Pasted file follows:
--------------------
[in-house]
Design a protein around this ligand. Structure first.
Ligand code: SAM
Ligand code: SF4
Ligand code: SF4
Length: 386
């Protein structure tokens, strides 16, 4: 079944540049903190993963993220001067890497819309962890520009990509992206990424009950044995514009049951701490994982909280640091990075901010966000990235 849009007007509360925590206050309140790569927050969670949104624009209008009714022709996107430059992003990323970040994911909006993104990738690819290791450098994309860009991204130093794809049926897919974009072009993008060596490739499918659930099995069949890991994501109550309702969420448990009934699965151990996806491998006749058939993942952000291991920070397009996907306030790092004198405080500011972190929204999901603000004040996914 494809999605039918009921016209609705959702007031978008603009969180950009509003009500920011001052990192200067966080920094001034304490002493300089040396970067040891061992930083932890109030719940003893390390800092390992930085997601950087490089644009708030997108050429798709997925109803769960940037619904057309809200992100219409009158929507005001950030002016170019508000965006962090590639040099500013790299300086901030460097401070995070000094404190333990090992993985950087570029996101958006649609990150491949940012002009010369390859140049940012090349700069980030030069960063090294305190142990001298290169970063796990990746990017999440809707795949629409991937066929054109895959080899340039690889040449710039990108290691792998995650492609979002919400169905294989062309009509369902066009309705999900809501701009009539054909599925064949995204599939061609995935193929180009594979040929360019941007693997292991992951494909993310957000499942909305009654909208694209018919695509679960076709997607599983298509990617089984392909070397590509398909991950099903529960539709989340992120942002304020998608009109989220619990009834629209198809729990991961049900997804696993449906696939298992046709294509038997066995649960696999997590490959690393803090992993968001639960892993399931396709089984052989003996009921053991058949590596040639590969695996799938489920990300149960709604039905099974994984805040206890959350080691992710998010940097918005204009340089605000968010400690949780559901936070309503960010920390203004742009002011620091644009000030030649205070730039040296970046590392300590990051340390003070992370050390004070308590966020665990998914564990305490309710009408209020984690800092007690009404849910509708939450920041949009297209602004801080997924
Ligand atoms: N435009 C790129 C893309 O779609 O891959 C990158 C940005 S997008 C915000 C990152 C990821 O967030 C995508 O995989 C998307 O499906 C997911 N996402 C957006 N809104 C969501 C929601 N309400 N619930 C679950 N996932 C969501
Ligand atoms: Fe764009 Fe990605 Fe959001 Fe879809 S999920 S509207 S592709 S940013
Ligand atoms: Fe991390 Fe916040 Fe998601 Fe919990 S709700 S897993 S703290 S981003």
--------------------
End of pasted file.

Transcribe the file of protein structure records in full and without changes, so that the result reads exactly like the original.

[in-house]
Design a protein around this ligand. Structure first.
Ligand code: SAM
Ligand code: SF4
Ligand code: SF4
Length: 386
């Protein structure tokens, strides 16, 4: 079944540049903190993963993220001067890497819309962890520009990509992206990424009950044995514009049951701490994982909280640091990075901010966000990235 849009007007509360925590206050309140790569927050969670949104624009209008009714022709996107430059992003990323970040994911909006993104990738690819290791450098994309860009991204130093794809049926897919974009072009993008060596490739499918659930099995069949890991994501109550309702969420448990009934699965151990996806491998006749058939993942952000291991920070397009996907306030790092004198405080500011972190929204999901603000004040996914 494809999605039918009921016209609705959702007031978008603009969180950009509003009500920011001052990192200067966080920094001034304490002493300089040396970067040891061992930083932890109030719940003893390390800092390992930085997601950087490089644009708030997108050429798709997925109803769960940037619904057309809200992100219409009158929507005001950030002016170019508000965006962090590639040099500013790299300086901030460097401070995070000094404190333990090992993985950087570029996101958006649609990150491949940012002009010369390859140049940012090349700069980030030069960063090294305190142990001298290169970063796990990746990017999440809707795949629409991937066929054109895959080899340039690889040449710039990108290691792998995650492609979002919400169905294989062309009509369902066009309705999900809501701009009539054909599925064949995204599939061609995935193929180009594979040929360019941007693997292991992951494909993310957000499942909305009654909208694209018919695509679960076709997607599983298509990617089984392909070397590509398909991950099903529960539709989340992120942002304020998608009109989220619990009834629209198809729990991961049900997804696993449906696939298992046709294509038997066995649960696999997590490959690393803090992993968001639960892993399931396709089984052989003996009921053991058949590596040639590969695996799938489920990300149960709604039905099974994984805040206890959350080691992710998010940097918005204009340089605000968010400690949780559901936070309503960010920390203004742009002011620091644009000030030649205070730039040296970046590392300590990051340390003070992370050390004070308590966020665990998914564990305490309710009408209020984690800092007690009404849910509708939450920041949009297209602004801080997924
Ligand atoms: N435009 C790129 C893309 O779609 O891959 C990158 C940005 S997008 C915000 C990152 C990821 O967030 C995508 O995989 C998307 O499906 C997911 N996402 C957006 N809104 C969501 C929601 N309400 N619930 C679950 N996932 C969501
Ligand atoms: Fe764009 Fe990605 Fe959001 Fe879809 S999920 S509207 S592709 S940013
Ligand atoms: Fe991390 Fe916040 Fe998601 Fe919990 S709700 S897993 S703290 S981003």